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A First-Time Teacher Looking to Work in China


James Hill
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I am a 20 year old British student interested in pursuing teaching as a career, and would like to build some experience in an ESL position. China is my first choice location, but I am unsure about a few details.

Acquiring a work visa, for example, is complicated by the fact I don’t have a bachelors degree (I’m taking a gap year after two years spent working towards a Liberal Arts BA in an American university). I also have no practical teaching experience (save 3 years of youth football coaching), although I completed a 120-hour TEFL course over the summer. Will this adversely affect my chances of working in China?

In terms of classroom logistics, do most English lessons in Chinese institutions take place during evenings and weekends? Would it be harder to find a 6-8 month placement, as opposed to a 12 month commitment? How flexible is holiday leave?

I’ve got an offer from one of the job placement agencies with which I’ve registered, but I’m still keeping my options open. The placement is in Ankang, Shaanxi; if anyone has any experience in this region, I would be very grateful.

I would really appreciate any insights into the applications process, documentation and Chinese life in general.

Thank you for your help in advance!

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Hello James,

You are perfectly qualified as a English teacher.

Just look for job offers for English natives and contact them. They will arrange the visa for You, You only have to sign the working contract.

Read the working contract properly. You might get something like 20 hours work per week, but they don't mention that You have to correct papers at the weekends and need additional time to prepare class. Also check out if You get paid during the holidays. If something is not mentioned in the working contract chances are good it is to Your disadvantage. In some schools You also have to be present at weekly meetings or present for student inquiries for 1 hour per week. Unpaid, because You don't work during these particular activities. This depends however if You go to a renowned or some backyard school. Ask them if anything is unclear and make them include it into the working contract.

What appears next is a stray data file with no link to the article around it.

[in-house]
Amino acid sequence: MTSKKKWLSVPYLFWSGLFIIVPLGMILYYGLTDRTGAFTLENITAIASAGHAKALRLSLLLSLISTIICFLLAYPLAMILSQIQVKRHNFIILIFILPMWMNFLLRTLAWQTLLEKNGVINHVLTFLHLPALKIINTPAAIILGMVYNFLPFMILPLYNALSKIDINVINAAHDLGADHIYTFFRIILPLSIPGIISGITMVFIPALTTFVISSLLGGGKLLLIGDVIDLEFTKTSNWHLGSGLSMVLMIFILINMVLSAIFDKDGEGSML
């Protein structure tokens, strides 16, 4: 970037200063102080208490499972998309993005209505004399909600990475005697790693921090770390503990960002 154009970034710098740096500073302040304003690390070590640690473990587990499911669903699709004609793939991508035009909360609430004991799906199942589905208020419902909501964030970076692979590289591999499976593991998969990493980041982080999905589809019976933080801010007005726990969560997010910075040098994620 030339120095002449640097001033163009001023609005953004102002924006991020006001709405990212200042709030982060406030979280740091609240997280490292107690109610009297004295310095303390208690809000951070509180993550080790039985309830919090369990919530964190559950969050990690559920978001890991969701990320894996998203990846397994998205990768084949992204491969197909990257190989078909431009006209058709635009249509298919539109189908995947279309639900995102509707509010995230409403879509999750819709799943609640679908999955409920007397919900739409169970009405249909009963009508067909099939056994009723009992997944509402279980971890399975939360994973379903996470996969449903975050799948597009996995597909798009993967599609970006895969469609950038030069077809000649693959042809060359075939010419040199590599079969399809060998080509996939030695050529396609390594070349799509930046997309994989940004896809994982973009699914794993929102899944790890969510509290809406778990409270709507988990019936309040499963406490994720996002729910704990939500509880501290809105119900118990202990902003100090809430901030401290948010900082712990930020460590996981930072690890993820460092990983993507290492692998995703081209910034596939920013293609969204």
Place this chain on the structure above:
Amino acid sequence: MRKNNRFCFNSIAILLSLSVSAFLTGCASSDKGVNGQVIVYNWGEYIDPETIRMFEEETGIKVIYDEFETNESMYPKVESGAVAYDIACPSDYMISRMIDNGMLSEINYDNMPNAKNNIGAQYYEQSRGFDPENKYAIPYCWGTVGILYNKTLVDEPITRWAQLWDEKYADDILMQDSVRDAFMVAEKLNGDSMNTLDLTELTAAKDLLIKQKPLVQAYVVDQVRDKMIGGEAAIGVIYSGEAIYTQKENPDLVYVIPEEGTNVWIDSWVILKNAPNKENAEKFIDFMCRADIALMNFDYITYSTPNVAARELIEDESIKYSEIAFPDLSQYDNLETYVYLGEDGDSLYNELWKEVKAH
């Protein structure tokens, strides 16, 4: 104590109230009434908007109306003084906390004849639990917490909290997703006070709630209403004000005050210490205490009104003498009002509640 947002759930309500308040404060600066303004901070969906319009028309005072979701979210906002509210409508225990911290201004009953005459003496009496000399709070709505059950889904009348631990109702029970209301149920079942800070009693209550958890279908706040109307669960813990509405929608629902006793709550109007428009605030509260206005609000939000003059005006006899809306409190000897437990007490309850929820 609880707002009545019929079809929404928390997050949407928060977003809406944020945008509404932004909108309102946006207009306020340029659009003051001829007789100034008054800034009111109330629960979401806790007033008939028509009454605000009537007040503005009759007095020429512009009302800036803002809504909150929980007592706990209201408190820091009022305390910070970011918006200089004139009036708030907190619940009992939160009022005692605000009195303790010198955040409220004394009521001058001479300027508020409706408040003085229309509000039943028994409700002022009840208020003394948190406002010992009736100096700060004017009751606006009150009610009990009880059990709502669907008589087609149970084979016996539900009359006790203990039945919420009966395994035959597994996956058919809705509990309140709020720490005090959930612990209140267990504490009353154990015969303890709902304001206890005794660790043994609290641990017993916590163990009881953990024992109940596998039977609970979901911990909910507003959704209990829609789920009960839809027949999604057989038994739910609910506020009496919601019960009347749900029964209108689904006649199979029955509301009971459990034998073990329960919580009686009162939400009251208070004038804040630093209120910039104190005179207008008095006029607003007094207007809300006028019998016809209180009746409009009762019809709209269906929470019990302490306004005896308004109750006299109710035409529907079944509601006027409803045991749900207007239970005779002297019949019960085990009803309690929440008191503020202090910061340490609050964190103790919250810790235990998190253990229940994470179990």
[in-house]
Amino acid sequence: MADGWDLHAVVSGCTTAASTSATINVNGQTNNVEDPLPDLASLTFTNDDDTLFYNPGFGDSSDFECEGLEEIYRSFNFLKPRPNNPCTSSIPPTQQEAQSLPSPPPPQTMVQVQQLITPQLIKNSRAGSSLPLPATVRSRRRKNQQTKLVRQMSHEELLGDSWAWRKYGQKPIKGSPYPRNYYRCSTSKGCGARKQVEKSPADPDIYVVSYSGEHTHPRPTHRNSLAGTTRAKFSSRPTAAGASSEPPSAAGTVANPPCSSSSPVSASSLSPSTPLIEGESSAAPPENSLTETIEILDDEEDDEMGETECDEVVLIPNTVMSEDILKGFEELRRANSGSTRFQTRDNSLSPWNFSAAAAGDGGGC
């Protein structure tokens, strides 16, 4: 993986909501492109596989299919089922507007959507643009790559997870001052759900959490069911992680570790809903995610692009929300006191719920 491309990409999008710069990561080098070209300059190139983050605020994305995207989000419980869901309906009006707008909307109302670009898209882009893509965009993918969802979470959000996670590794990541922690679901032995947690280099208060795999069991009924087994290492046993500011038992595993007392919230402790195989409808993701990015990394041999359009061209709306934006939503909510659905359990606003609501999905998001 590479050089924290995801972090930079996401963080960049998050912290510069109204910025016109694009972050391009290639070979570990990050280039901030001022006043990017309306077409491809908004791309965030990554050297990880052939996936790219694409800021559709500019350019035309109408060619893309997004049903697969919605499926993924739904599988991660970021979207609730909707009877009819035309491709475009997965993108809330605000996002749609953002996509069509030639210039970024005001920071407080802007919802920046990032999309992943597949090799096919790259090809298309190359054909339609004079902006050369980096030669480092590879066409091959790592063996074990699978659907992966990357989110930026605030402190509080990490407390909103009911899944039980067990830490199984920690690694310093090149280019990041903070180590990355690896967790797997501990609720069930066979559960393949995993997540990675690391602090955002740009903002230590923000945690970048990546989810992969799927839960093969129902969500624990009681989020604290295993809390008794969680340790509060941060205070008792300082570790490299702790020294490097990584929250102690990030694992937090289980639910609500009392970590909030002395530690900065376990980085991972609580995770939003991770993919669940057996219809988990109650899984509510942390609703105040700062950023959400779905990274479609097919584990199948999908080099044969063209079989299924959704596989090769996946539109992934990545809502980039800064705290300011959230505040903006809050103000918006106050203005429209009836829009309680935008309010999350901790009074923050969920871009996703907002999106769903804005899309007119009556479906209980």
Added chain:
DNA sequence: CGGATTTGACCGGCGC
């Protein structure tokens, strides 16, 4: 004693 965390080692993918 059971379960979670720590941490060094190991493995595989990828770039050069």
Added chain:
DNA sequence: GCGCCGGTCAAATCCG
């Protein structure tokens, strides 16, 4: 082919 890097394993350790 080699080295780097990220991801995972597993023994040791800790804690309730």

Good luck,

Erbse

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About the location:

Ankang is a small city in the middle-western of china.

It’s not so developed,can't compare with those big cities such as Beijing、Shanghai、Xi'An、Guangzhou。

There are three train corossed here. You can go easily to Xi'an、Beijing、Shanghai、Zhengzhou.

You can reach Xi'an in 2 hours by taking the electric train.

Also,AnKang has a good scene and it is a historical city.

Don't worry too much,you can live good there.

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Acquiring a work visa, for example, is complicated by the fact I don’t have a bachelors degree

Not all schools require a BA and work experience. Sure, it's the "ideal", but the demand for teachers is so high that if they only hired teachers with those qualifications, schools would have difficulty filling all their vacancies.

I also heard a long time ago that 95% of the teachers that go into ESL only do so for a year or two, and then return home. Career ESL teachers are few and far between compared to the hoards of new teachers just looking for a year or two abroad to pad their resume.

In terms of classroom logistics, do most English lessons in Chinese institutions take place during evenings and weekends?

Private schools will be heavy on weekends and week nights. Universities will be heavy during the weekdays from 9 - 5, with some evening classes.

Would it be harder to find a 6-8 month placement, as opposed to a 12 month commitment?

Private schools may be more flexible for shorter contracts. Universities generally want teachers for 10 - 12 months.

How flexible is holiday leave?

Private schools will be more flexible than universities. Even then, many schools only allow extended travel/holiday around the Chinese public holidays.

The placement is in Ankang, Shaanxi

Do your research. Search forums, wikipedia, etc.

I would really appreciate any insights into the applications process, documentation and Chinese life in general.

Check out www.middlekingdomlife.com. It's a fairly straightforward, and slightly negative, view of life in China as an ESL teacher. If you can read through their guide and still be adamant about coming here, you'll do well.

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